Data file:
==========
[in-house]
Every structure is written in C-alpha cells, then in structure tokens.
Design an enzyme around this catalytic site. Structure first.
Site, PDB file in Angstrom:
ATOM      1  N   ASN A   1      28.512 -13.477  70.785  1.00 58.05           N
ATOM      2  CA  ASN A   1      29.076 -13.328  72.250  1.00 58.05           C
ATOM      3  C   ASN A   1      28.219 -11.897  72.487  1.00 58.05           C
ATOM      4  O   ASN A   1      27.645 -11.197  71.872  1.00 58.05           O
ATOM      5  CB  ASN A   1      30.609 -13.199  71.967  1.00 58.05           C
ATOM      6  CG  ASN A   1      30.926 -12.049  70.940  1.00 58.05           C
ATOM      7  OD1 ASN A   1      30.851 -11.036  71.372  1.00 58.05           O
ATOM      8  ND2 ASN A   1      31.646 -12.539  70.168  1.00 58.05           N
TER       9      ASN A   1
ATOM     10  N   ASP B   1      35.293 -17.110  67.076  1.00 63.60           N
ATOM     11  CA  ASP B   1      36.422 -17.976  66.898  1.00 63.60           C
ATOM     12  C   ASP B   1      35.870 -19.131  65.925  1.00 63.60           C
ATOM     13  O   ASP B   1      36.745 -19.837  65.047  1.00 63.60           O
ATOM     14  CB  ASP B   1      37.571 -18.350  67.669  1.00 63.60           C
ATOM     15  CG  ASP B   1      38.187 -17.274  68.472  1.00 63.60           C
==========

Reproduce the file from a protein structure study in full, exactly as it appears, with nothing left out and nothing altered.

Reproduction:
[in-house]
Every structure is written in C-alpha cells, then in structure tokens.
Design an enzyme around this catalytic site. Structure first.
Site, PDB file in Angstrom:
ATOM      1  N   ASN A   1      28.512 -13.477  70.785  1.00 58.05           N
ATOM      2  CA  ASN A   1      29.076 -13.328  72.250  1.00 58.05           C
ATOM      3  C   ASN A   1      28.219 -11.897  72.487  1.00 58.05           C
ATOM      4  O   ASN A   1      27.645 -11.197  71.872  1.00 58.05           O
ATOM      5  CB  ASN A   1      30.609 -13.199  71.967  1.00 58.05           C
ATOM      6  CG  ASN A   1      30.926 -12.049  70.940  1.00 58.05           C
ATOM      7  OD1 ASN A   1      30.851 -11.036  71.372  1.00 58.05           O
ATOM      8  ND2 ASN A   1      31.646 -12.539  70.168  1.00 58.05           N
TER       9      ASN A   1
ATOM     10  N   ASP B   1      35.293 -17.110  67.076  1.00 63.60           N
ATOM     11  CA  ASP B   1      36.422 -17.976  66.898  1.00 63.60           C
ATOM     12  C   ASP B   1      35.870 -19.131  65.925  1.00 63.60           C
ATOM     13  O   ASP B   1      36.745 -19.837  65.047  1.00 63.60           O
ATOM     14  CB  ASP B   1      37.571 -18.350  67.669  1.00 63.60           C
ATOM     15  CG  ASP B   1      38.187 -17.274  68.472  1.00 63.60           C